March Madness, Annotated

Just a reminder: It’s okay to leave comments!

A couple of weekends ago I attending a wedding. It's not something I do often. I think I went to one before, though my memory of it is vague.

The timing of this particular celebration perplexed me. A wedding—in March—in Michigan? This must be madness, I thought. Disturbing images of my better half's family tree crept into mind. What other dark secrets await?

So, with much consideration and perturbation, Marie and I loaded up the car1 and headed north—and a bit west. After 700 miles of wind, rain, sleet, hail, snow—and a brief discussion with some girl and her dog asking about Kansas2—we arrived in Lansing, Michigan. Well, East Lansing, technically...

The establishment where Marie had made reservations is part of the Michigan State University campus. The hotel is attached to the venue where the reception was to take place and not far from the church where the ceremony itself would occur. Convenient, we thought. We pulled into the hotel parking lot late in the evening, and certainly long after the sun had set. At least that is what I presume as we had not spied so much as a glimpse of the orange orb during our travels, though the amount of falling snow was now reduced to a few wayward flakes. "I'm glad the bad weather is over with," we both said. All we wanted was to settle into a cozy room, do a minimal amount of unpacking, and go to sleep.

That blissful image was not to be, however. You see, to settle into a cozy room one must be able to enter said room. We loaded up a dolly with about half of our belongings3 and made our way to the room. Marie put the key card provided by the desk clerk into the slot and, when the indicator light turned green, pushed open the door—about 6 inches. She tried again, with similar results. Being a man, I immediately4 took charge. I slid the provided key card into the slot on the door and pushed it open to nearly 6.1 inches. A marked improvement, though still not adequate for the purposes of entry. Summoning all of my strength5, I took a brief run at the door (the hall was narrow) and pushed as hard as I could while Marie told me to shove it6. This action produced little improvement. Upon investigation, we determined that the door closure unit had fallen to a point where it blocked the door from fully opening. Forcing the hinged arm upward just a bit allowed us to open the door and gain access to the room. We rolled the dolly into the room as the door closed gently behind us. After emptying the dolly, we prepared to leave and fetch our remaining items. I grabbed the knob and pulled. The door opened about 6 inches.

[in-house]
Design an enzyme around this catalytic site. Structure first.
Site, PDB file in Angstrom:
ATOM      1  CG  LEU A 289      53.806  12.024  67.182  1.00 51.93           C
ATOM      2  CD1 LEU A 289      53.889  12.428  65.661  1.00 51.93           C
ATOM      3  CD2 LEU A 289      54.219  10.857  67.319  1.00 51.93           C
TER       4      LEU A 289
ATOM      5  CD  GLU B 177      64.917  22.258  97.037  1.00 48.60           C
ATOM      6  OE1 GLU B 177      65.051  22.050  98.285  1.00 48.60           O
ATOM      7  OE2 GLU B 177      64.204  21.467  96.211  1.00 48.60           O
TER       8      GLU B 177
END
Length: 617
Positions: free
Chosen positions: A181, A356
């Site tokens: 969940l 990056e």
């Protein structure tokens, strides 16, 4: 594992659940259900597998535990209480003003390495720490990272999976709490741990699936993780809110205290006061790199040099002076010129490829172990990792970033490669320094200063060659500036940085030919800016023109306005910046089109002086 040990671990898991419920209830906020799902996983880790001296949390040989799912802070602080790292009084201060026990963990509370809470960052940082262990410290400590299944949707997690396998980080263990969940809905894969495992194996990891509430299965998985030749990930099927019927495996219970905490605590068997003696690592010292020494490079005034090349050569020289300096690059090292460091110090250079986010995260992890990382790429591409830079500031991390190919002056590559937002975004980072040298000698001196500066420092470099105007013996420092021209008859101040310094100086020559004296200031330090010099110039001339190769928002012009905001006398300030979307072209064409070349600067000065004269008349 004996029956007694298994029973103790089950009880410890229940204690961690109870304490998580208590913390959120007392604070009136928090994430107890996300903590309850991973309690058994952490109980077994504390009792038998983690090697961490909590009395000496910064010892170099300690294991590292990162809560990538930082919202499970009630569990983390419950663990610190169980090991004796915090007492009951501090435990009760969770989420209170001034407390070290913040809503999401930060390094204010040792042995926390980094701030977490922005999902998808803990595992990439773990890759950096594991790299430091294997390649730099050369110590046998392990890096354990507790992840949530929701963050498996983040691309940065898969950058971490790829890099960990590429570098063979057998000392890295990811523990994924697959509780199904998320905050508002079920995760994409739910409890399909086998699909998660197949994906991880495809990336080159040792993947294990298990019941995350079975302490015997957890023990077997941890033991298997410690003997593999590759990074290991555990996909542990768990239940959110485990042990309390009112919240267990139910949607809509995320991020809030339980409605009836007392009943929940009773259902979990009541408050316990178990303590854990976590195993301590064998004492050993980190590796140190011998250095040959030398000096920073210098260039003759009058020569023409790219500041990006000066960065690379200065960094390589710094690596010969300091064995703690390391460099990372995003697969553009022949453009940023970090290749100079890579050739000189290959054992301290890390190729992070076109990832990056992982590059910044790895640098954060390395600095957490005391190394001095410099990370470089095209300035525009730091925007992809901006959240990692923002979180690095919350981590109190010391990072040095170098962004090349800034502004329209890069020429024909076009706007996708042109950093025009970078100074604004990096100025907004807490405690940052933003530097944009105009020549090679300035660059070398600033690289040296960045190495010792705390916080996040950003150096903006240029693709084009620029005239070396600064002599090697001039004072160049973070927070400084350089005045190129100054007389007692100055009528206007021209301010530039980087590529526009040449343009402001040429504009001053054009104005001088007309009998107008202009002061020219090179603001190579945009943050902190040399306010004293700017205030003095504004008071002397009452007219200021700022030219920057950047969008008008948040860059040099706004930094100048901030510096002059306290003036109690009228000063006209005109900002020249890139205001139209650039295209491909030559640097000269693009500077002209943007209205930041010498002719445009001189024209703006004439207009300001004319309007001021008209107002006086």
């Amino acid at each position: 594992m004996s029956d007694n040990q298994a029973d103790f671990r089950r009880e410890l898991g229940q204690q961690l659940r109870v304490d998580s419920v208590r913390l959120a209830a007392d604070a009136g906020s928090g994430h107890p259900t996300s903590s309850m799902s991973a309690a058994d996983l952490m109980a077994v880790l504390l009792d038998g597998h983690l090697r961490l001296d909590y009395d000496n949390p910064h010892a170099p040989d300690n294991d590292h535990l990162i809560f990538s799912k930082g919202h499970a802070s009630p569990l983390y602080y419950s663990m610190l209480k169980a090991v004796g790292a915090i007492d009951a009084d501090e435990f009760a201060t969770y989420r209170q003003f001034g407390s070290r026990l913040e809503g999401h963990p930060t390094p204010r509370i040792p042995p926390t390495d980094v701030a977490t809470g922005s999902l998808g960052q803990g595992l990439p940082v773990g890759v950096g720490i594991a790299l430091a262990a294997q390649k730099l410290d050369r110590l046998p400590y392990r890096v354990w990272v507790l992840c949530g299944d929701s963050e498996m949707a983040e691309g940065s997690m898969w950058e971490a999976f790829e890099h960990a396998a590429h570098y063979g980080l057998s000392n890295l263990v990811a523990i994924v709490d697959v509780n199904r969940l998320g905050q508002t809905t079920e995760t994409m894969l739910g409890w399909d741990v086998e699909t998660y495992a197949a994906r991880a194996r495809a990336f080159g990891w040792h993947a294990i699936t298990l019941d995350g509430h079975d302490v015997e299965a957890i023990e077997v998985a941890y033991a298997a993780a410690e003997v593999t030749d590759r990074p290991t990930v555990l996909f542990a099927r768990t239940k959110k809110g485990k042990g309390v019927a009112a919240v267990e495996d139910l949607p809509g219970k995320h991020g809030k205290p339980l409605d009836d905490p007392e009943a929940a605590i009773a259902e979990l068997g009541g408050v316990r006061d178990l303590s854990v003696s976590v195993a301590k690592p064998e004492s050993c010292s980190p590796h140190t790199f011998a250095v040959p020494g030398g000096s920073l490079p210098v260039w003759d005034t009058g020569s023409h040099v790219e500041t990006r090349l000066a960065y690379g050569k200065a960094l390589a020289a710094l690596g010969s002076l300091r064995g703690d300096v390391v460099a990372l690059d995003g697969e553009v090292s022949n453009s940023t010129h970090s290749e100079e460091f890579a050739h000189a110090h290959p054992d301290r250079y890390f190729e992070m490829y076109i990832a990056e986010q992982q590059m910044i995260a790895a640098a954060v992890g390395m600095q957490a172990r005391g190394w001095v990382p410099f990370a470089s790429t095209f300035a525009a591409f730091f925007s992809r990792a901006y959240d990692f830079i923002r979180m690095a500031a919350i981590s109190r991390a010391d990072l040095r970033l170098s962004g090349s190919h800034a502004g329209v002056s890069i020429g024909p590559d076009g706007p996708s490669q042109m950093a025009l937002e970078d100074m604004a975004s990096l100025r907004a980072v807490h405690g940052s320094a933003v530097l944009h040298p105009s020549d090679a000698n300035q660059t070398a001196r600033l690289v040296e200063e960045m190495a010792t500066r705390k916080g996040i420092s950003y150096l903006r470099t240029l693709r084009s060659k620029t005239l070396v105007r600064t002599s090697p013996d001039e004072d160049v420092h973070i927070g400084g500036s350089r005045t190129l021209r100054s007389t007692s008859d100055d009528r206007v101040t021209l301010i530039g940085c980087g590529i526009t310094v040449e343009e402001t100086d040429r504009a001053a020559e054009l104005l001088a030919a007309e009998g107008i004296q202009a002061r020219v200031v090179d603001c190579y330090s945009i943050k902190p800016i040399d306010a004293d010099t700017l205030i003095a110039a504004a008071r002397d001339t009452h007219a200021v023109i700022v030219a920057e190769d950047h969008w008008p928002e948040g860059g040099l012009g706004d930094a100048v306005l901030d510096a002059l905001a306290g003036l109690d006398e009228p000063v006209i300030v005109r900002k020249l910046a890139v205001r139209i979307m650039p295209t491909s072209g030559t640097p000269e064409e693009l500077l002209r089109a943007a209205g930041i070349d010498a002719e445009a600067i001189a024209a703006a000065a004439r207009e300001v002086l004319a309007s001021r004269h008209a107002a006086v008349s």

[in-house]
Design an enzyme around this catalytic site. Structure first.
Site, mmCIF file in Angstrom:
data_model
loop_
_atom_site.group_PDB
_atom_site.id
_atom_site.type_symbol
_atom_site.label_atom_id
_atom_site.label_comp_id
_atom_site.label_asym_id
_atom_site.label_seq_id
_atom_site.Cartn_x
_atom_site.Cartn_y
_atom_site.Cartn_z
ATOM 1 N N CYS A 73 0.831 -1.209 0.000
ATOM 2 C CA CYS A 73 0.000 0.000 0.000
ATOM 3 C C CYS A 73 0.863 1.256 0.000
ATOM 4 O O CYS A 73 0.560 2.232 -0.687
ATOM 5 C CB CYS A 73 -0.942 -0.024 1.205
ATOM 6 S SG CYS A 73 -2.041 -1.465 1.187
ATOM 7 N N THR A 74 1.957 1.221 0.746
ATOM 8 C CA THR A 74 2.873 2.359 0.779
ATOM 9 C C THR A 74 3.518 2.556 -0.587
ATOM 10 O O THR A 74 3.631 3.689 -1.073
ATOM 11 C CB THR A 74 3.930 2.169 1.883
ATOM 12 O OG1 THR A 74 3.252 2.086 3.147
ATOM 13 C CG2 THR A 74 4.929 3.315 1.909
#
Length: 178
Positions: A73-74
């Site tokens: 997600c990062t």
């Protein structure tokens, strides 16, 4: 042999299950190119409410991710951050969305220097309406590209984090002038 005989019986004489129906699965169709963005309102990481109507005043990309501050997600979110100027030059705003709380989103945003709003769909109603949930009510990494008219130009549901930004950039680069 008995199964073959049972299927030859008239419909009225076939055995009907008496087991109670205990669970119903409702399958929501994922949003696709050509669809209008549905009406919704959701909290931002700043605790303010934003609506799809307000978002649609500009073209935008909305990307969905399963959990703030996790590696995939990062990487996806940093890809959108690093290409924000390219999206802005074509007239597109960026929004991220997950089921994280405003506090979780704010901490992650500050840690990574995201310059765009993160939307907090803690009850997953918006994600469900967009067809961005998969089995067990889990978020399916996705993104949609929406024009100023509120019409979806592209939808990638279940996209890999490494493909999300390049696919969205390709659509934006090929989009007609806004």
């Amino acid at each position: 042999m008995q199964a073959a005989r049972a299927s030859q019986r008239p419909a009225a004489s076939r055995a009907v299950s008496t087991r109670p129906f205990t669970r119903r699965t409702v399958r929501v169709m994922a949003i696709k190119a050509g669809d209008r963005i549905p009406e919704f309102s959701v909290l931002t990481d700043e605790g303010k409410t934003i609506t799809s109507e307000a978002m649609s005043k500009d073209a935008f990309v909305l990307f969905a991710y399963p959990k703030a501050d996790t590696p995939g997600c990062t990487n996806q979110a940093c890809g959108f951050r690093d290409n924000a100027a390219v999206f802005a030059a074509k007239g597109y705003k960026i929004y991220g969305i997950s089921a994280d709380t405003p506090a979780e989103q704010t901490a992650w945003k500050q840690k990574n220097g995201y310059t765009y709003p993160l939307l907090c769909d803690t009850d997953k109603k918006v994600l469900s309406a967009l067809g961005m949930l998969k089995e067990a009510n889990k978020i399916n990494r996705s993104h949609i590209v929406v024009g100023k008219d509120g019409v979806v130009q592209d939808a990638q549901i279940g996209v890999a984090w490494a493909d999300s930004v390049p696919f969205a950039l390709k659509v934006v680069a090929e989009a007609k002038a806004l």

To make a long story short, we eventually unloaded all of our things into the new room to which we had been assigned. We sat back to take a quick breather before preparing to turn in. It had to be a quick breather because the room smelled so strongly of industrial-strength cleaner that the thought of requesting yet another room entered our minds. Instead, we opened a window. This confirmed to us that the temperature outside was indeed below freezing. Still, it was an improvement, and the odor eventually dissipated.

As we settled in, from above we heard the sound of something rolling and then a muffled crash. Then footsteps. This scenario kept repeating until Marie took out the map of the complex and discovered our new room was directly under the check-in station. Every time a new guest arrived (or left) we were treated to a replay. At this point, we were too tired to care. Oddly enough, I slept well there7.

The next morning, of course, brought more snow. It may come as a surprise to many8 that it does snow in Michigan during the winter. Fortunately, the rain and rising temperatures melted most of it.

Who would have thought? Snow in Michigan in the winter? Preposterous!
Who would have thought?
Snow in Michigan - in the winter?

After a quick snack for breakfast, it was time to get ready for the wedding. There was much consternation as to what would be the best outfit for each of us. You'd think we were the ones getting married. Although we'd brought a lot of clothing with us, much of the packing was done hurriedly9, so the final choices had to be made. Eventually, and fortunately, we made it out the door, though never with confidence about our wardrobe selections.

The location chosen for the ceremony was St. Thomas Aquinas church. It's known for the huge stained-glass wall (not just a window or two) in the front of the building.

Stained glass window in St Thomas Aquinas
Stained glass window in St Thomas Aquinas 

After talking to a few folks, we took our seat and waited for the matrimonial activities to commence. I was still pondering the timing of the event. It finally started to dawn on me what was going on when the priest announced (mid-ceremony) they would "tie the knot" using a scarf with the tartan designs of their families' clans in Ireland. I'd never before seen this done. Marie reminded me St. Patrick's Day was the day before. Now it was all beginning to make sense. Sort of. Anyway, here's how it went (that's a cue to look at the following 2 pictures):

Tying the know with the tartan pattern of both families
Tying the knot

And with a sharp pull, the knot was tied!

The knot tied!
The knot tied!

Once the ceremony was over and all the official wedding pictures taken, the crowd went to the University Club for the reception. It is attached to the hotel were we stayed, so that was convenient. And even better—they were serving free Guiness. I might have to go to more of these wedding parties10. Eventually, they introduced the family members and, of course, the bride and groom.

The bride and groom partaking of a kiss
The bride and groom

The Irish theme continued during the ongoing festivities. They brought in an Irish dance group to entertain until they opened the dance floor to the guests. I'd not seen this done before and it was quite nice. And don't tell anyone, but Marie and I danced (a little). It's okay. No one was injured.

Irish dancers at reception